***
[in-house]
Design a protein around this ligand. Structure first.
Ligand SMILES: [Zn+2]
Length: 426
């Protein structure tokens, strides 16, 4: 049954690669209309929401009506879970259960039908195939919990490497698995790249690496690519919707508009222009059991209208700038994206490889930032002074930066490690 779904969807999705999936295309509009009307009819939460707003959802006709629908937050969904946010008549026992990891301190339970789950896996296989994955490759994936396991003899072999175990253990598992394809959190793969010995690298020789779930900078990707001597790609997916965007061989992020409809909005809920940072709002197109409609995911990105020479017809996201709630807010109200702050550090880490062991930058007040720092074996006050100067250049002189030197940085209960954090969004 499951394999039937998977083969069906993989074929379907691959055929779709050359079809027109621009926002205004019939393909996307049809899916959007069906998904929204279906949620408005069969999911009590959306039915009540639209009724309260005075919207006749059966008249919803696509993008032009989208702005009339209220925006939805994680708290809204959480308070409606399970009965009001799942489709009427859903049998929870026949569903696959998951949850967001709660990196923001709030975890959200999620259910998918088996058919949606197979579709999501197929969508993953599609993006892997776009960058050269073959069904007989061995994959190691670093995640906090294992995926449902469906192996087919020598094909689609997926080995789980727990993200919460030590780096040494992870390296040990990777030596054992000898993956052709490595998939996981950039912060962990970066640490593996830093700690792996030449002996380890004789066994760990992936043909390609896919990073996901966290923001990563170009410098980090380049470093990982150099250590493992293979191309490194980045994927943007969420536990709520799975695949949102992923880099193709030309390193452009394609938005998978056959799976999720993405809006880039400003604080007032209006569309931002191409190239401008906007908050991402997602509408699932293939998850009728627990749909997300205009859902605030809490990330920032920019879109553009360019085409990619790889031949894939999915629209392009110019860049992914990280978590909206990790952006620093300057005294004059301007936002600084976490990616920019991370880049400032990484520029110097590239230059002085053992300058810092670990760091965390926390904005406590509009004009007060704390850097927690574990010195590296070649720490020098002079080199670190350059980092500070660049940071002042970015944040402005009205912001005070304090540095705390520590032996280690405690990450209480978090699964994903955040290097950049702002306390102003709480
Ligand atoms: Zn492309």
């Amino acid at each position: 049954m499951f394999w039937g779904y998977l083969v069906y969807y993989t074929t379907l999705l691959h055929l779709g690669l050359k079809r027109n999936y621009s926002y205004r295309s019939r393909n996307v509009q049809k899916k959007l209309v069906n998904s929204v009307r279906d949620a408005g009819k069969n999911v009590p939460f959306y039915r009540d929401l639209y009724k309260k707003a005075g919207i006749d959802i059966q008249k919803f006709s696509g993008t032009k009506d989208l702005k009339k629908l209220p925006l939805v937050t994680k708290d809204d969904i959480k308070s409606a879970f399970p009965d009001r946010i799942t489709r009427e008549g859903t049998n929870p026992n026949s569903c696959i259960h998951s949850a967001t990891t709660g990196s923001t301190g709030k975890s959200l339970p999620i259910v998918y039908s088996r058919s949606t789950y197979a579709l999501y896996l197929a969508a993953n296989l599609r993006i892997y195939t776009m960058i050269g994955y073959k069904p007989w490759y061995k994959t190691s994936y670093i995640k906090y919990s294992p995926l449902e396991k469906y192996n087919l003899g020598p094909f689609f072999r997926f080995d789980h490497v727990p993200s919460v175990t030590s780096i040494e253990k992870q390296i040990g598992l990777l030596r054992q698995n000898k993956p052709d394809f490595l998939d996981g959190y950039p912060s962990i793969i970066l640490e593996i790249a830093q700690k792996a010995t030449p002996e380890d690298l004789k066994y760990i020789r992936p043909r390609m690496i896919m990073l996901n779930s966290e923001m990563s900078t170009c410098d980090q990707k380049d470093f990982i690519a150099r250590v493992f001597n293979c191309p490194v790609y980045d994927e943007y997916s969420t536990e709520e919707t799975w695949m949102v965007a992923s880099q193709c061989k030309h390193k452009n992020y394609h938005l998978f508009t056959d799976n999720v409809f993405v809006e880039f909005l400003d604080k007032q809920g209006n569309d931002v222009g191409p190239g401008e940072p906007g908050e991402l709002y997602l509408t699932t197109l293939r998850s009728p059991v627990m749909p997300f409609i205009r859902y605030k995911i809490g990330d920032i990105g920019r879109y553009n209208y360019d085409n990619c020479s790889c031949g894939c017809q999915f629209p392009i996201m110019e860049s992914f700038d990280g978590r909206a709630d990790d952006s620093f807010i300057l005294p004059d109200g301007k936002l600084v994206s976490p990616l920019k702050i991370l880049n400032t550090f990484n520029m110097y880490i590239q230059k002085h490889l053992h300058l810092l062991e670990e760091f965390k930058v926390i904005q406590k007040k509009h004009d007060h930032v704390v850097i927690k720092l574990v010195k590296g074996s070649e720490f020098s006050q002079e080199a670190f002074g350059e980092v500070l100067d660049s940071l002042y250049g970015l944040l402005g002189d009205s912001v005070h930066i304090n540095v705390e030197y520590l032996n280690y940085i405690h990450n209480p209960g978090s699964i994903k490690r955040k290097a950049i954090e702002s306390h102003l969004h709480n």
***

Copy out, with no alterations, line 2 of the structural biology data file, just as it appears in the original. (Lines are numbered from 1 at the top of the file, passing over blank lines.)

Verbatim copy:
Design a protein around this ligand. Structure first.